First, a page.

Blowing in the wind: Fly the flag, and to hell with the state


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The Independent Online

Remember Bill Drummond, the pop-star-turned-artist who, in 1994, burnt £1m in the name of art? Well, Drummond has been up to mischief again, defacing a Ukip poster in Birmingham last week with his own-brand International Grey paint.

Drummond is in the city for a three-month residency at the Eastside Projects gallery, and while his Ukip stunt may still see him visited by officers of the law, another artistic endeavour has brought him to the attention of local mothers.

Drummond, you see, has been putting up 40 flags on 40 lamp posts in a circle around Birmingham and, over on Mumsnet, one woman has started a thread called "Weird Flag Outside House". "A neighbour said two men put the flag up, then took pic of flag, then took pic of house," posts HandragsNGladbags. "It's the pic of house that bothers me most. Especially as DH [darling husband] recently had a mild altercation with the council. Surely they don't flag people now in a shaming way?"

In fact, the flags are from a project called "The Atlantic Archipelago", because, says Drummond, "to fly the Old Chevron is to ignore the political state and celebrate the geological state". Glad to see that message being embraced by the good citizens of Birmingham.

The Jackson four

From the box marked "beyond satire". Last week, Bloomberg, "the premier site for business and financial market news", told the story of one Wall Street headhunter, Daniel Arbeeny, who had seen his "income [go] down tremendously". "On a recent Sunday," the piece reported, "he drove to Fairway Market in the Red Hook section of Brooklyn to buy discounted salmon for $5.99 a pound." Cue shooting fish in a barrel jokes all round.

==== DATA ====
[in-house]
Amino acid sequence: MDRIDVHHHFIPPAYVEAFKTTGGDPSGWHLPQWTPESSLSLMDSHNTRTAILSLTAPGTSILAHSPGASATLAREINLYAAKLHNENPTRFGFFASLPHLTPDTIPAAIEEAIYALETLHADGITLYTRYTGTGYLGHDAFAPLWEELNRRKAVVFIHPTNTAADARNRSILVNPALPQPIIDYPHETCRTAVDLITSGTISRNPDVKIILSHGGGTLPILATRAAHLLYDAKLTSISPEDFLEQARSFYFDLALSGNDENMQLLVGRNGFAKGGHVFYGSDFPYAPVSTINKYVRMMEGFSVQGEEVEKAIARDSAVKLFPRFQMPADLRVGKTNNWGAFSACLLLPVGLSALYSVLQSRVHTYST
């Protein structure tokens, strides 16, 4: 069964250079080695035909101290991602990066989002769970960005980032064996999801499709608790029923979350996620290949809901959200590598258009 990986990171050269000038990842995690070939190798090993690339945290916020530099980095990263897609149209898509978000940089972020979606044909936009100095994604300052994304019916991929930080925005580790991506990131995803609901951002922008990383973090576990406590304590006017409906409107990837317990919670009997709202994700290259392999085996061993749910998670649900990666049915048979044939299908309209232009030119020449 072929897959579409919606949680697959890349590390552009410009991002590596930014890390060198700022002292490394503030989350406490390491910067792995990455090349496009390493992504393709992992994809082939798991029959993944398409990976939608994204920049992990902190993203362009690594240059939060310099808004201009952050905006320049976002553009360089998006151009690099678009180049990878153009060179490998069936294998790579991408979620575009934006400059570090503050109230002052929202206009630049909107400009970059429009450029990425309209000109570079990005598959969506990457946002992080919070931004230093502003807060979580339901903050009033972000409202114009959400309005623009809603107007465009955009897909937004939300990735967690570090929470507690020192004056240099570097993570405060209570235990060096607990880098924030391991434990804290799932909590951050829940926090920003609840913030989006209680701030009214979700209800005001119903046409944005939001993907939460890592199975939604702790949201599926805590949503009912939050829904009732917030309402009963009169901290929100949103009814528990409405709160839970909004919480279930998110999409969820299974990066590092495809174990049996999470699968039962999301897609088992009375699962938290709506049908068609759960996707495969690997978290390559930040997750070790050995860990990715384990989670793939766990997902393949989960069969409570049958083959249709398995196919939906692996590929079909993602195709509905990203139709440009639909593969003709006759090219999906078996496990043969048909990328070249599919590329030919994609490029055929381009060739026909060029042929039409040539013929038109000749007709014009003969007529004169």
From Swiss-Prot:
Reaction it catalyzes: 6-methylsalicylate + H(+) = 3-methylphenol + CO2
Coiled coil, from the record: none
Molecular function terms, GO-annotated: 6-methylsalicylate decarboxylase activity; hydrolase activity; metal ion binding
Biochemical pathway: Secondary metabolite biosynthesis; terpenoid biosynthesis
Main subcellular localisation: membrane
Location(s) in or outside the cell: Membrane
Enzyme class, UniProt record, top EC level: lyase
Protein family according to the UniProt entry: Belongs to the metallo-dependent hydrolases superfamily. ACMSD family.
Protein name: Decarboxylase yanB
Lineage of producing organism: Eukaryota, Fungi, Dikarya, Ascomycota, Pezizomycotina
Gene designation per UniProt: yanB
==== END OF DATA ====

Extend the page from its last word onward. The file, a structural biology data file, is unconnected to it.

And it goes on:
On this side of the pond, meanwhile, The Telegraph told its own tale of the "squeezed middle", under the headline: "I make £120,000 but I can't recall the last time we went out for dinner".

In that piece, Guy Jackson, of Farnham, Surrey, told the writer: "Even though we have a reasonable income we have had to economise, swapping Ocado deliveries for trips to Tesco." Pictured with their sons Tom, 17, and Harry, 16, you'd be forgiven for thinking that the Jacksons looked familiar. Earlier this year, in The Sunday Times, under the headline "Top tips for families in 2014", there were the Jacksons, again with sons Tom and Harry, in a picture with the caption: "Guy, a financial services worker, and Sharon, who runs UCan Training".

But what's this? In the "About us" section of the UCan website, Sharon writes: "I am a great believer in the importance of the work-life balance. I ensure that I spend valuable time with my partner and three children." Perhaps the mysterious third child (let him be called Dick) was unable to pose for press photographers as he was out at the time on a protest, holding up a banner reading: "We are the 1 per cent."

Isn't it ironic?

Alanis alert! Probably, by now, you've seen the video for Gary Turk's mildly irritating "Look Up", a five-minute spoken-word piece about "smartphones and dumb people". And if you have, you have probably pondered the fact that nothing could be more ironic than a poem about how we should all spend less time on computers, going viral (32 million YouTube views and counting).

Except this: underneath one of the many links to the poem in my Facebook feed last week, was a "suggested post" (or an advert, as we used to call them) for something called Gamewagon. Gamewagon is a "fully mobile video game party service", that is basically a Mercedes-Benz Sprinter van that will pull up at your kids' party and offer "a unique social environment where kids can play the games they love together, comfortably, relaxed and safely with their friends".

Maybe that poem had a point, after all.

Gimme shelter

"You can only sleep in one bed." So says artist Gregory Kloehn, whose latest project involves turning discarded junk into homes for the homeless. Kloehn, from Oakland, California, says his aim is to use "discarded materials to make sturdy, innovative mobile shelters for homeless people" and the latest examples of his work can be seen on his website (

"Shelter is key," Kloehn says. "So many of us have 3,000sq ft to keep all our stuff in but love nothing more than to get away, to go camping and stay in a tiny tent."

Kloehn is no stranger to living in cramped spaces. Whenever the artist is in New York, he lives in a dumpster that he has had fully converted.

No rhyme or reason

Another in a now-regular series of limericks based on recent events:

For its Brand and its Rascal decision

The examining board faced derision

Because all the old guard

Said, "What's wrong with the Bard?

These A-levels themselves need revision"